What Is A Questionnaire?
A written method of gaining data from participants. They do not nesecarily require the presence of a researcher. They include attitude scales and opinions surveys and may involve closed and open ended questions.
- Face To Face
Strengths Of A Questionnaire?
- Target amount of data can be collected relatively quickly and cheaply (increases representativeness and generalisability)
- Closed questions are easy to score/ analyse statistically
Weaknesses Of A Questionaire
- Lack flexibility
- Based on self report (relying on someones response)
- Changing their personal response to sociailly acceptable respone
- Social desirability bias
- Very low response rate to postal questionaires.
All interviews involve direct questioning of the participants by the researcher but they differ in how structured the questions are. Gnerally the advantages are that they provide a great deal of useful data, especially about internal emntal state /beliefs/ opinions but a disadvantage is that relying on self report methods may not be reliable.
Contains fixed questions and structured ways of repying (yes/no/etc)
Strengths of interviews
- Easier to quantify and analyse
- Reliable, replicable and generaliseable
Weakness of structured interviews
- some important information may be missed.
Semi structured interviews
Contains guidelines for questions to be asked but phasing etc are left to the interviewer. Some questions may be open-ended. Clincal interviews use "semi" structured/e.g used in therapuetic context.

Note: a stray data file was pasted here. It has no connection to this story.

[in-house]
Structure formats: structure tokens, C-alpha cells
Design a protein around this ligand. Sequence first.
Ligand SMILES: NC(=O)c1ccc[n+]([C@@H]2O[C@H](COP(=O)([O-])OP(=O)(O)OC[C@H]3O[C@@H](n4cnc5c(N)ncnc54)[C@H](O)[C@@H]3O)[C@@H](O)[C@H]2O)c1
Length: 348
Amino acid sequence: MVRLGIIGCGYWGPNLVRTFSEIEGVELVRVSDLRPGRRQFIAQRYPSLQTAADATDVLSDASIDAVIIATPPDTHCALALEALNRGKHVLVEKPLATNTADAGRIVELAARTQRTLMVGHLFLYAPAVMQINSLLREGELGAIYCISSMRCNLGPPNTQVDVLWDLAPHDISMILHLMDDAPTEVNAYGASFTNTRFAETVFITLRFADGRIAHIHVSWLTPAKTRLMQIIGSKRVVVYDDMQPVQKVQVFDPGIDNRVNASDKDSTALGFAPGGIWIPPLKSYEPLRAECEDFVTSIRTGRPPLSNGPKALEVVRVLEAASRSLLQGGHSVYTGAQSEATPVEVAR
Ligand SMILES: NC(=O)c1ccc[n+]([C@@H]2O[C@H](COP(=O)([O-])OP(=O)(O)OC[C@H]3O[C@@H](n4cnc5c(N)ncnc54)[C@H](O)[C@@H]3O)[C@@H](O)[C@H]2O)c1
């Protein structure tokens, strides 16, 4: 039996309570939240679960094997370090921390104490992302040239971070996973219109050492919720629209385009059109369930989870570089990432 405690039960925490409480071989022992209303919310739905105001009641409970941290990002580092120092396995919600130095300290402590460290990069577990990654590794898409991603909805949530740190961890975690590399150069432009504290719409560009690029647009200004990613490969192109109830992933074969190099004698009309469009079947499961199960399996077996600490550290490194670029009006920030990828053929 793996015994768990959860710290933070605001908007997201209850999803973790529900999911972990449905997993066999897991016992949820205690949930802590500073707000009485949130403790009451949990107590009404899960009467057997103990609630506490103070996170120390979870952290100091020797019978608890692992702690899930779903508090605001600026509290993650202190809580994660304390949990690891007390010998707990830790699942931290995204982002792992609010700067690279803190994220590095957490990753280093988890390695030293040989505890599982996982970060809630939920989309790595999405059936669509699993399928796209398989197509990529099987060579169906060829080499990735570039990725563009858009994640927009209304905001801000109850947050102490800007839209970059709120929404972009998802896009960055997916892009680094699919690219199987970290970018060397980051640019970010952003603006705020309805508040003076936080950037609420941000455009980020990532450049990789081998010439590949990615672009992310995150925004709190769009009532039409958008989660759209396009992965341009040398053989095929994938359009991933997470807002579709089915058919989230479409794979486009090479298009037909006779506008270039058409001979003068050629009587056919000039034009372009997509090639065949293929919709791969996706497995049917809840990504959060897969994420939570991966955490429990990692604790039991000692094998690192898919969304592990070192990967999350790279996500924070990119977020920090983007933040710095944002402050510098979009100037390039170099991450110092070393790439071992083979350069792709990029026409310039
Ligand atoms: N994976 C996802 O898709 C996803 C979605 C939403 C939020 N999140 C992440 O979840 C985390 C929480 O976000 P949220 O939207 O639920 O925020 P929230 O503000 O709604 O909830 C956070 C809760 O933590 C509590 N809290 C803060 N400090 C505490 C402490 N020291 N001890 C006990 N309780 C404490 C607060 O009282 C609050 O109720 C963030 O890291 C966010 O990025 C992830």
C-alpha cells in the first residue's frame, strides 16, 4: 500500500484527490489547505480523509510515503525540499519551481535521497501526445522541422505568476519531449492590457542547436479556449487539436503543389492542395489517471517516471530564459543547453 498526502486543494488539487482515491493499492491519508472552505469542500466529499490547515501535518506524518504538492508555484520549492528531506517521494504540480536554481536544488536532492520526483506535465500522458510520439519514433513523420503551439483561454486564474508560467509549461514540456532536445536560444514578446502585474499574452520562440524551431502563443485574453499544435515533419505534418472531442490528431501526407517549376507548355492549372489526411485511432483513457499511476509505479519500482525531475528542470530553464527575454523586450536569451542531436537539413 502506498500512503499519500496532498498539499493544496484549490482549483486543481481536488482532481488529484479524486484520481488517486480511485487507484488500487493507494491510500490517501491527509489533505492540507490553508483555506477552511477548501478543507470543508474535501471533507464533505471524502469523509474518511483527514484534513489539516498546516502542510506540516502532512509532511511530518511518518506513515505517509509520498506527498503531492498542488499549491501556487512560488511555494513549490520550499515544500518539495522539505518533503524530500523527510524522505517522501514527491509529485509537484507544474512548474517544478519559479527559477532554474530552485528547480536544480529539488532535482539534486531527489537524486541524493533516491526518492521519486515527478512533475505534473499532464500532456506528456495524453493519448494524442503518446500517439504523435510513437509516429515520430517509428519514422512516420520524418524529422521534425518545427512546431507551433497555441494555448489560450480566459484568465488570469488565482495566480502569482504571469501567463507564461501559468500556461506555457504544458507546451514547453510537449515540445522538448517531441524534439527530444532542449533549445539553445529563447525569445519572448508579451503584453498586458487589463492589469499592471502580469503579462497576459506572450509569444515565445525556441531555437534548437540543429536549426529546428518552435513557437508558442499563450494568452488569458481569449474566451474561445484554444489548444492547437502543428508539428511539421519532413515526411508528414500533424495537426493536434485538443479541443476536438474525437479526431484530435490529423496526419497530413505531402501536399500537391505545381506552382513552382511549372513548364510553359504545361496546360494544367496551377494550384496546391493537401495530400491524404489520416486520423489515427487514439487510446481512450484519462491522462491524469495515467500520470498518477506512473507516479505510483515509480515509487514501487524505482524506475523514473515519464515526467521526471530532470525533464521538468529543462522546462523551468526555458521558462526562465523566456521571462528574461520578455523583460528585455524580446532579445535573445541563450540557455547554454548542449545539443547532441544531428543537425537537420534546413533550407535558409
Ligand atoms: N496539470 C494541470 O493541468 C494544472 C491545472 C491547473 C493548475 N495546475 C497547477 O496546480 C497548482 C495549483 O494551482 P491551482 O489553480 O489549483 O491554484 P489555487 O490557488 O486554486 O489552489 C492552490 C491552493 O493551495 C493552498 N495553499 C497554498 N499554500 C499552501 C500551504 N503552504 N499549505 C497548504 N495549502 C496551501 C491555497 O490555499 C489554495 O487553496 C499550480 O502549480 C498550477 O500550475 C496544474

Strengths Of Semi Structured Interviews
- Fairly flexible and sensitive
- fairly reliable and easy to analyse
Weaknesses Of Semi structured interviews
- Less reliable - open to experimenter bias
- Difficult to replicate
May contain a topic area for discussion but no fixed questions or ways of of answering the question. The interviewer is able to ask for clarification or explore answers in more detail. This would tend to be a police interviewing technique or lawyers/ intergation officer.
- Data is highly detaild and valid
- Very flexible and unconstructed
- No standardisation - so less reliable
- difficult to replicate and difficukt to generalise
- difficult to analyse
One of the common rating scales is the lihert scale. A statement is used and the participant decides how strongly they agree, or disagree with the statement. For example the participant decides whether they strongly agree/agree/undecided/disagree/strongly disagree.
- Gives us an idea how strongly a participant feels about something
- Qunatitative which is easier to analyse
- Tendency with lihert scale for people to respond towards the middle of the scale and participant may provide answers that they feel they should
- Importantly as the data is quantitative it does not provide in depth replies
Fixed Choice Questions
Fixed choice questions are phrased so that the respondent has to make a fixed choice answer usualy 'yes' or 'no'.
This type of questionaires is easy to measure and also forces a participant to not choose a middle opinion.
However respondents may not feel that their desired response is available and the answers are not in depth.
Reliability - consistent
The goal of research is to produce meaningful findings that can be applied beyong the test situation. In order to do this, the research firstly have to be objective, this means that they are 'value free' not based on opionins and interpretations that are biased.
QUantitative measures are numbers. Much research records behaviour in quantitative ways, for example by counting the number of aggresive acts, or by asking people not to rate their own behaviours or feelings on numberical scales.
Do not use numbers and rely more on descriptions and interpretations of behaviour. Some research simply describes the behaviour of some individuals and an alternative to a numberical rating scale. Would be a more open-ended question where people simple describe how they feel.